7. David Gilmour—Rattle That Lock
David Gilmour is by far one of my favourite guitarists in all of this fine world. Apart from James Hetfield’s rhythm playing, Gilmour is probably the one guitarist whose style I have most studied and tried to emulate in my own playing.
This album is one of my most recent purchases this year so I have not had much time to absorb it, but “A boat lies waiting” (track 4), his tribute to long-time friend and musical companion Richard Wright, is one of the most beautiful songs I’ve ever heard from Mr Gilmour. It reduced me to tears on one listen.
6. Faith No More—Sol Invictus
Now things are getting tight: it feels so wrong to place this album at number six.
I was so disappointed when Faith No More split back in 1998. When they reformed and toured in 2009 I bought a ticket to see them live. It was the most expensive concert ticket I’ve ever bought.
This… is a brilliant album. It’s the grown-up big brother of Angel Dust (1992).
5. Steven Wilson—Hand. Cannot. Erase.
Steven Wilson is a musical genius. I’ve loved pretty much everything he’s touched: Porcupine Tree, collaborations with Fish, Storm Corrosion with Opeth’s Mikael Åkerfeldt. This solo album is no different.
This concept album is inspired by the story of Joyce Carol Vincent who died alone in her flat in London and whose body wasn’t discovered for almost three years. I’ve watched the documentary about her, it’s so sad. She was young, she was popular, and yet when he died… nobody noticed.
The album is delicate, it’s deep, it’s complex. It is quite simply beautiful.
If my car was hooked into Last.fm then this album no doubt would have recorded more plays: I played this album almost constantly to and from work for about four weeks.
Following Jeff Hanneman’s sad death in 2013, and drummer Dave Lombardo’s unceremonious dismissal there was much debate as to whether Slayer could return with anything half decent. Oh, and boy did they!
Exodus guitarist Gary Holt has been an excellent successor to Hanneman. His playing certainly complements Kerry King’s.
This is by far the strongest Slayer album, I’d say, since probably 1990s Seasons in the Abyss. Welcome back, boys!
3. Krysthla—A War of Souls and Desires
If I could give all my top three albums equal place then I probably would, but I’m forcing myself to make a decision and so this amazing album sadly drops to third place.
Over on my 195 metal CDs blog I gave this album 100%. As I said there:
Their overall sound seems to be somewhere between modern Napalm Death and Meshuggah. And that is a pretty darned interesting and exciting place to be. The playing is precise, in places like math metal, twisting. And turning. Stopping and. Starting. Something that. Gutworm. Did.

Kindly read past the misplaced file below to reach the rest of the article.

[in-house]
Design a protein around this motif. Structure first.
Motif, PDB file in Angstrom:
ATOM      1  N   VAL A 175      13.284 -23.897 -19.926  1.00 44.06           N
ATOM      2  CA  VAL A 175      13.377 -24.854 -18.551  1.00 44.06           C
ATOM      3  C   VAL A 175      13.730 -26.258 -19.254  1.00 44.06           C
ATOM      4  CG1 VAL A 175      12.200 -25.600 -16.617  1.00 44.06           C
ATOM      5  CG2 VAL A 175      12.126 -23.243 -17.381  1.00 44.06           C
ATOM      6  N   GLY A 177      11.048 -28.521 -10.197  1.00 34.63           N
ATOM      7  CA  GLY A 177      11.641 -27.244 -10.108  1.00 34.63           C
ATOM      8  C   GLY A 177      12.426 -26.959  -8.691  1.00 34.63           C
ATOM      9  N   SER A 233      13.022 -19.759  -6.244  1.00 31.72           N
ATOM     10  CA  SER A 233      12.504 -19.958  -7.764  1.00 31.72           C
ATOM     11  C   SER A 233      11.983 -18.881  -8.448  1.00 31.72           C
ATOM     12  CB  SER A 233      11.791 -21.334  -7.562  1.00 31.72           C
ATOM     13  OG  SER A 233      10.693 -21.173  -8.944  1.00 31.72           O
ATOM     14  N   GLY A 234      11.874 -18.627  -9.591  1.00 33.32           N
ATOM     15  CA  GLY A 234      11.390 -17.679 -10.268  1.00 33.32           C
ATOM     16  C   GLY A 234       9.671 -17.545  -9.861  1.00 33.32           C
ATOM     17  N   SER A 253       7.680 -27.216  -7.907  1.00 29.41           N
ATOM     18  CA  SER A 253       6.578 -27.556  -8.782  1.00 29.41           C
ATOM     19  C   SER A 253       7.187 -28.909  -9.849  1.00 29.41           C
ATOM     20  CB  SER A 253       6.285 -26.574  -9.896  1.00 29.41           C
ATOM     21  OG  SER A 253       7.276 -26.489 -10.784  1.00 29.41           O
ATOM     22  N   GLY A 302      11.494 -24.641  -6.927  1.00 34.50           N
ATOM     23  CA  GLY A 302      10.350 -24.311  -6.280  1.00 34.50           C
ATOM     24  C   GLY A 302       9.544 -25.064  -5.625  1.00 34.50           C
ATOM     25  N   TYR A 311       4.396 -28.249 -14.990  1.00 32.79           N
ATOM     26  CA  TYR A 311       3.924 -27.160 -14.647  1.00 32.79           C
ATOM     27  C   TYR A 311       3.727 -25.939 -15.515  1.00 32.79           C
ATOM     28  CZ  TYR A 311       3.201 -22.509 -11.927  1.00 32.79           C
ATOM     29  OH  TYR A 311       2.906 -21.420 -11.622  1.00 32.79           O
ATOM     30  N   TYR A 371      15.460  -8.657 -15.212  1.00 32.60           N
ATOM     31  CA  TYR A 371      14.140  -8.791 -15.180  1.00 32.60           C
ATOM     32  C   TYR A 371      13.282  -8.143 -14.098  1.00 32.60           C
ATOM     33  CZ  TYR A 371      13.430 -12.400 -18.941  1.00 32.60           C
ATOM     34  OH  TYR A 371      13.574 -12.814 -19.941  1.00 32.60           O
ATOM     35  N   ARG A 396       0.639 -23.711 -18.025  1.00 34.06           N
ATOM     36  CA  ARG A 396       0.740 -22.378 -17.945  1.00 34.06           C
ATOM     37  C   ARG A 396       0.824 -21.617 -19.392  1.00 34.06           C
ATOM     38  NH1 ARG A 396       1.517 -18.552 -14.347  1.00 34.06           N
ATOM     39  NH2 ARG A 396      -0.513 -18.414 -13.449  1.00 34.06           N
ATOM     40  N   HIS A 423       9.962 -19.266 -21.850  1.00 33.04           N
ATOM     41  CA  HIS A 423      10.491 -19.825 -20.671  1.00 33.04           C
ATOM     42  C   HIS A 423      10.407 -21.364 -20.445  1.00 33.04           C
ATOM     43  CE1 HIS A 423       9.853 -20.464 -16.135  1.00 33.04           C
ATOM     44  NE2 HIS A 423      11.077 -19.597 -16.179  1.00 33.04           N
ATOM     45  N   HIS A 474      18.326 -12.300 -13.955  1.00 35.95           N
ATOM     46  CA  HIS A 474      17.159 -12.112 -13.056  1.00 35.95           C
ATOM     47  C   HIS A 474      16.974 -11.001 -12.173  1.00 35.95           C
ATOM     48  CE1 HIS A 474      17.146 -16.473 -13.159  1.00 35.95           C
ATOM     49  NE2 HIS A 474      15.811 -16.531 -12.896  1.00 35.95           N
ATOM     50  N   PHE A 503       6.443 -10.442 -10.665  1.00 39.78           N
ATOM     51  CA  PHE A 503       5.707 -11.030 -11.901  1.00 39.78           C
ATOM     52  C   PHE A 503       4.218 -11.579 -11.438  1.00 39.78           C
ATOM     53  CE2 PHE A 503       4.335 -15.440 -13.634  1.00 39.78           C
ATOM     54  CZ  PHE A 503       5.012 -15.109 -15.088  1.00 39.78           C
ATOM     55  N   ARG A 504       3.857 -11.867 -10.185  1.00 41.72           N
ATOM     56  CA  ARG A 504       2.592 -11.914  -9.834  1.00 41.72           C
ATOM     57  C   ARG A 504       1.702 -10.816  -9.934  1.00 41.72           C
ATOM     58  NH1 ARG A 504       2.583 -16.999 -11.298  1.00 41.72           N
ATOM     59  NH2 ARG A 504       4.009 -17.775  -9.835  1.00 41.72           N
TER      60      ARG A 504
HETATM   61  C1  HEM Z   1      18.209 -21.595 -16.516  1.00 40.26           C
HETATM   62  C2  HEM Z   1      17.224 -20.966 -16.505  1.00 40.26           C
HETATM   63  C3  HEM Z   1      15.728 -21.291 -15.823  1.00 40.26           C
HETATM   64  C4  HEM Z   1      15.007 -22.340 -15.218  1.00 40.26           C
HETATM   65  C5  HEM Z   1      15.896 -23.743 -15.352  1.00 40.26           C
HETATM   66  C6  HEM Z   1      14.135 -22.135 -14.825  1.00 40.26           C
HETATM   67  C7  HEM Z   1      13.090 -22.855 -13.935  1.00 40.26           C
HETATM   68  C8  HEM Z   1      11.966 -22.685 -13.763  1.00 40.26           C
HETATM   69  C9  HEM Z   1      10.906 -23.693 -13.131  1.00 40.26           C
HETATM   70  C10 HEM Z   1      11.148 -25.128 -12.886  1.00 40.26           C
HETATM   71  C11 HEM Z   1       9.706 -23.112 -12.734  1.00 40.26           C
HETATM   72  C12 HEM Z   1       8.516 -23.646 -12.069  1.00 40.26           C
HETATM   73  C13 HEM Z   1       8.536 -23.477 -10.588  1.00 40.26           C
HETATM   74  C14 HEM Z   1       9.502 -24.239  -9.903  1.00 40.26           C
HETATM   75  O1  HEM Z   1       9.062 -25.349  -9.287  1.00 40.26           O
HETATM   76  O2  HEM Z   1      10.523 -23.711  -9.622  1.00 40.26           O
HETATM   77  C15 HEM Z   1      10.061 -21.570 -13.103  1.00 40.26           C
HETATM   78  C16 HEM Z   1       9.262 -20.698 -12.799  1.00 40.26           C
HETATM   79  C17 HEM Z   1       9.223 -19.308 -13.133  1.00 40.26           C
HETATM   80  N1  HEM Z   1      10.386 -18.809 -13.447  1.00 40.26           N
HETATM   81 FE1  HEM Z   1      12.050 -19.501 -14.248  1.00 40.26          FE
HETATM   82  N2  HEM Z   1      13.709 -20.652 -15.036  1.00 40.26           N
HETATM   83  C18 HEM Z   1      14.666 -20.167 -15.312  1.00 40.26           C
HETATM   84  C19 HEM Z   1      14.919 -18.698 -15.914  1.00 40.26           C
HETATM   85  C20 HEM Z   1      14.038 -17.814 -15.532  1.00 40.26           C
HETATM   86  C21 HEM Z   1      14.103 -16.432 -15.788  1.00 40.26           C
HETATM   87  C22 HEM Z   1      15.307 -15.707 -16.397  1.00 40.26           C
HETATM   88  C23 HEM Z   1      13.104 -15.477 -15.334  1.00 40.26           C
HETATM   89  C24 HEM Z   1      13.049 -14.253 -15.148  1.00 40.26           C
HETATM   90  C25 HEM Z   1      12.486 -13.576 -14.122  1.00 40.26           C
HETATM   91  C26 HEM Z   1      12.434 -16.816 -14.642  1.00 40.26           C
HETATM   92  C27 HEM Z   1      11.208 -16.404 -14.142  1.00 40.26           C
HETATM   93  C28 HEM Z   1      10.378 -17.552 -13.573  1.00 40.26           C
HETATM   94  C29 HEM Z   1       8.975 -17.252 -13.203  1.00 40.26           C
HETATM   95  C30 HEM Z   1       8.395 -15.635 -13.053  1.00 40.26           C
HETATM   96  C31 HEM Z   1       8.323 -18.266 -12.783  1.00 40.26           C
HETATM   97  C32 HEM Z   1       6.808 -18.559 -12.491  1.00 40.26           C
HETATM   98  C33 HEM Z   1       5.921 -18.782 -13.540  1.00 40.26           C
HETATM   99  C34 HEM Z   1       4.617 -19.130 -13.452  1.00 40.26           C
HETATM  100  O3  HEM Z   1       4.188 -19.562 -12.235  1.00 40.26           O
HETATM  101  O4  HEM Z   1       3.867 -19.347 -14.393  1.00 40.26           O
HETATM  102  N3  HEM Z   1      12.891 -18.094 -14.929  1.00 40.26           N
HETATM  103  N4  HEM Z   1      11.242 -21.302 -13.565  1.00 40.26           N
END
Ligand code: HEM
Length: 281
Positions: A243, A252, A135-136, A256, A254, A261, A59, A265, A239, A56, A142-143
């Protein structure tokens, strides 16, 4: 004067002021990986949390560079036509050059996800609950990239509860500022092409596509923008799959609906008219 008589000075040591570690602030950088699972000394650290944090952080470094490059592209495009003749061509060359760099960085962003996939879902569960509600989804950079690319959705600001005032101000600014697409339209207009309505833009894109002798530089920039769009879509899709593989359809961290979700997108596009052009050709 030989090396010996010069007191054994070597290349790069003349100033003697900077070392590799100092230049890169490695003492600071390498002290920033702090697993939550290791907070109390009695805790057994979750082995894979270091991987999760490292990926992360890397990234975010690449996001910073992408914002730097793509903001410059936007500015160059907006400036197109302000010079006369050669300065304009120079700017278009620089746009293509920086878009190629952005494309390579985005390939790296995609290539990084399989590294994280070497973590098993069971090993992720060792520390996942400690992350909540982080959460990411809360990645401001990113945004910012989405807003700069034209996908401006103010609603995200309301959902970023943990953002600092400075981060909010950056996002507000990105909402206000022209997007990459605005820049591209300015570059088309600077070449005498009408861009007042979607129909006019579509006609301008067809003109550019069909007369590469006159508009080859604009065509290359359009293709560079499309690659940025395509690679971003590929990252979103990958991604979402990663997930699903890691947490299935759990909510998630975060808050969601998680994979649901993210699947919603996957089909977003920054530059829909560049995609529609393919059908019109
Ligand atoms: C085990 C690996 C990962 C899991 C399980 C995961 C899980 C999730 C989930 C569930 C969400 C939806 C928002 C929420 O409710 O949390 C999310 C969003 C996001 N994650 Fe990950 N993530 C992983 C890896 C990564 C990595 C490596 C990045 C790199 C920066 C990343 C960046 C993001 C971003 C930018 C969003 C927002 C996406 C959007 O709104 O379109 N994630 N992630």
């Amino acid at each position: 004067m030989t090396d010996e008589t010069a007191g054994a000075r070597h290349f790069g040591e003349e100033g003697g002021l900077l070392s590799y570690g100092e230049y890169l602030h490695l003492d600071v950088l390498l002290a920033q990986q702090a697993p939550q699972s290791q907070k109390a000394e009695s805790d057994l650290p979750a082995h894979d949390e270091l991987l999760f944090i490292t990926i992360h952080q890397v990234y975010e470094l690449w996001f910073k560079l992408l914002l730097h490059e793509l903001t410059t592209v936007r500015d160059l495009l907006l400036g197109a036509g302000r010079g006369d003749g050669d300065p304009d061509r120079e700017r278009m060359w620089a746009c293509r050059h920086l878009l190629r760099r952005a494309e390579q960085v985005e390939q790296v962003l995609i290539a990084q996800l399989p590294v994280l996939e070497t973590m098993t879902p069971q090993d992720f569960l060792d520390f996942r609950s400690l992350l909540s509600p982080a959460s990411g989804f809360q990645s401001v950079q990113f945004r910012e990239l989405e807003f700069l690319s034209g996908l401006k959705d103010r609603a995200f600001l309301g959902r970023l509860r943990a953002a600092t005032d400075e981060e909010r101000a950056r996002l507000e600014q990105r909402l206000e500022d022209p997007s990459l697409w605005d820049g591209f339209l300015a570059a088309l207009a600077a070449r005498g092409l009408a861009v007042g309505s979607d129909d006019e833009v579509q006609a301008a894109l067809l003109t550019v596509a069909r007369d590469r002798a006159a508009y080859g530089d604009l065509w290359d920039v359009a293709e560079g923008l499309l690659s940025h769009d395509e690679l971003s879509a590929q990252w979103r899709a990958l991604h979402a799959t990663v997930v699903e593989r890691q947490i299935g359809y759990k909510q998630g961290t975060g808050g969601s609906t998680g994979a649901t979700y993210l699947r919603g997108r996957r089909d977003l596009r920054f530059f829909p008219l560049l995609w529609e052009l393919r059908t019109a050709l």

I speculated in that review that this album might well make my top three best albums of 2015. And here it is. This is definitely a band to look out for in the future. Brilliant!
2. Martha Bean—When Shadows Return to the Sea
I was first turned on to Martha Bean by four cousins of her cousins with whom I sang in the National Youth Choir of Great Britain, back in the day. They kept posting little plugs here and there for her music and one day this year I thought that I’d go check her out and see what her music was all about.
“Flippin’ ‘eck! she’s brilliant,” I posted on my friend Steph’s Facebook wall. And sure enough she is. Go check her out yourself on Bandcamp.
Her style is beautiful and delicate but with an underlying strength. She plays mostly guitar or piano, backed by drums, bass and cello (played, I believe, by her dad).
This so very nearly made it to number one. Held off this year by these guys…
1. Lamb of God—VII: Strum und Drang
The first album since vocalist D. Randall Blythe’s release from Czech prison and subsequent trial and acquittal (if you’ve not read his book Dark Days: A Memoir order it today—it is beautiful and funny and wonderfully, wonderfully written) and it is brilliant.
This is a more mature Lamb of God. They have their usual bite and twistingly heavy riffs. But this time round they’ve shaken things up with guest vocalists who bring melodic singing and even the first ever clean singing on a Lamb of God record from Blythe—and he has a lovely baritone voice.
My favourite track probably has to be 512, the number of the final cell he shared with a couple of Mongolian prisoners in Prague. “Six bars laid across the sky…” he sings, and you’re transported there. “My hands are painted red / My future’s painted black / I can’t recognise myself / I’ve become someone else / My hands are painted red / My hands are painted red”. Such pain, such experience etched into each word.
I’ve only been to three concerts in the last two years: two of those have been to see Lamb of God, including this year on my birthday. One of the best concerts I’ve ever been to.
This album is going to see me through to next year and beyond. Strum und drang indeed: storm and stress.